The stamping comprises a ferromagnetic substrate and a metal coating. The coating has magnetization Bs which is less than the magnetization of the substrate. The coating is harder than the substrate, preferably greater than 400 DPH hardness number. The coating is deposited with an amorphous microstructure while the substrate is crystalline. The coating has a nodular surface texture and surface oxide film which provides improved adhesive bond strength, where the medium is joined to the stamping. The coating preferably is an electroless plating deposit, comprised of nickel or cobalt base metal, with phosphorous or boron additive; most preferably it is nickel-11% phosphorous.
Mini-floppy disks are used for electromagnetically storing information, particularly in personal computers. Typically, a disk comprises a circular piece of flexible plastic medium coated with magnetic material encased in a rigid plastic housing. Adhered to the center of the flexible plastic medium is a circular cupped metal stamping. The stamping typically has one or more openings, including a square hole in the center and an off-center hole for a drive pin. In use, the stamping is engaged by mating features of a rotating drive spindle of the computer system disk drive. Thus, the disk storage medium is continuously rotated past magnetic heads of the disk drive. Such disks and drives are described Chapter 13 of the book authored by S. Mueller, 'Upgrading and Repairing PCs', 4th Ed. (1994) Que Corporation, Indianapolis, Ind., the disclosure of which is hereby incorporated by reference.
To enable mini-floppy disks to be frequently inserted and removed from the disk drive system, the drive spindle automatically advances and retracts along an axis perpendicular to the stamping and disk. Since probability dictates that the drive spindle contoured end and stamping holes usually will not align, as the drive spindle pushes against the stamping, it rotates until engagement occurs. In this process, there is metal to metal rubbing contact. The cumulative effect of such rubbing must not be such that galling or wear produce debris which would adversely affect the functioning of the finely crafted data storage surface of the disk.
To ensure positive engagement between the drive spindle and the stamping during use, and to otherwise facilitate a desired smooth rotation of the flexible disk within the disk housing, the drive spindle is permanently magnetized and the stamping is a magnetic metal. Thus, the stamping is held against the end of the drive spindle during rotation. But, the magnetic attraction between the parts has to be sufficiently weak to both enable easy disengagement of the spindle from the stamping and not interfere with the function of the data storage disk. Inasmuch as there are millions of floppy disk drives in the field, any improvement in disk or stamping construction ought be compatible with the design of existing disks and disk drives, for commercial reasons. If not, disks with a new type stamping could be either too weakly or too strongly attracted to the drive spindle, adversely affecting use of the whole floppy disk-drive system.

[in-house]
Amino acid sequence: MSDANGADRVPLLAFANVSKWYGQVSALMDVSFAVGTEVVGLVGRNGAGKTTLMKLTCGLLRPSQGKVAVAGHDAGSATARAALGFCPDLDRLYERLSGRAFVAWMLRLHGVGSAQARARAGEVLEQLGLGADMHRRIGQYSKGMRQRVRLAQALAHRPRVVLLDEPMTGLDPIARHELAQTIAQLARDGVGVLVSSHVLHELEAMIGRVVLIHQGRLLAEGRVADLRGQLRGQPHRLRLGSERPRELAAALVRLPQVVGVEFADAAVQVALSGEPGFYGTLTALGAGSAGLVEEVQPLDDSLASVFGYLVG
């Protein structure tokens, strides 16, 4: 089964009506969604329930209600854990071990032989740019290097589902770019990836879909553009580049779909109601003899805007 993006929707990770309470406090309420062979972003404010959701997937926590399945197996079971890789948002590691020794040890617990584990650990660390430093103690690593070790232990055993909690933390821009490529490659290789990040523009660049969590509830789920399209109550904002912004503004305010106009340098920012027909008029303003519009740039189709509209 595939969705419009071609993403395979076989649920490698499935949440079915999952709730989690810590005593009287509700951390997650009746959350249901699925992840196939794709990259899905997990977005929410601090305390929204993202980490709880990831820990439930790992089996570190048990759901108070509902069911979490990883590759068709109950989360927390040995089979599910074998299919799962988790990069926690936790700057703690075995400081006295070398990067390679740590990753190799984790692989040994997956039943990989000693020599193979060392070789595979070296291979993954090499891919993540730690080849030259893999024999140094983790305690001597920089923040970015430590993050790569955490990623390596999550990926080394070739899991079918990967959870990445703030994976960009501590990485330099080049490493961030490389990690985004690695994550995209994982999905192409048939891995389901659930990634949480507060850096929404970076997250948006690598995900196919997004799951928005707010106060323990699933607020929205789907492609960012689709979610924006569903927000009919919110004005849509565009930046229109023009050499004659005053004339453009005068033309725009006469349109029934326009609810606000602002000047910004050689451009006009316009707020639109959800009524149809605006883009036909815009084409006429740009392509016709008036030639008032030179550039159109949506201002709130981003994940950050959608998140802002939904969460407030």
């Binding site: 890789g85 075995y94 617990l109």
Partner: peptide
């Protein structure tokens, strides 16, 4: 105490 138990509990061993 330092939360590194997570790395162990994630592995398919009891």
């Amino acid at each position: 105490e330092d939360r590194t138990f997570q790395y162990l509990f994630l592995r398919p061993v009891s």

In addition to the above mentioned wear resistance and magnetic properties, the stamping must have corrosion and oxidation resistance. A stamping material reaction product which produces flaking or crumbling debris cannot be tolerated. And, a floppy disk stamping must have a low cost and be attractive in appearance. The cost of a stamping will depend on, among other things, the intrinsic material cost, formability, and other required processing.
The common material prevalently used in present day floppy disks is cold formed AISI Type 430 martensitic stainless steel, comprised essentially by weight percent 16 chromium, balance iron. Typically, a stamping is about 0.012-0.013 inch thick. The Type 430 steel has a desired combination of magnetic property, wear resistance, corrosion resistance and formability. In comparison to many other iron base materials, Type 430 steel has a relatively high intrinsic cost.
Thus, in the continuous search for mini-floppy disk product improvement, there is most particularly a need to reduce cost while achieving equal or better function. However, any improved disk must have a stamping which has magnetic properties compatible with the system which comprises the Type 430 stampings. The combination of performance requirements has prevented the use of what might seem to be likely engineering choices in other materials and combinations. The prevelance in the marketplace of relatively costly Type 430 steel, or like stainless steel grades, in stampings evidences this.
The mini-floppy disks described above are one type of removable information storage devices. The characteristics and requirements for mini-floppy disk stampings are shared to different degrees by other storage devices.
As will be described, the preferred embodiment of the present invention utilizes electroless nickel coatings. Such coatings have been in wide commercial use since the 1940's. They are applied from a liquid bath by means of autocatylic reaction and deposition. Electroless coatings, in particular nickel, sometimes overlaid with cobalt, have been long applied to the hard disks of computer systems. Such disks are typically made of aluminum, and they are coated with electroless nickel, typically having about 12 percent phosphorus, to protect the aluminum from corrosion and provide a suitable essentially non-magnetic surface for the information storage media.
The preferred electroless deposit coating is comprised of the base metal stamping selected from the group consisting of nickel and cobalt, and an additive selected from the group consisting of phosphorous and boron.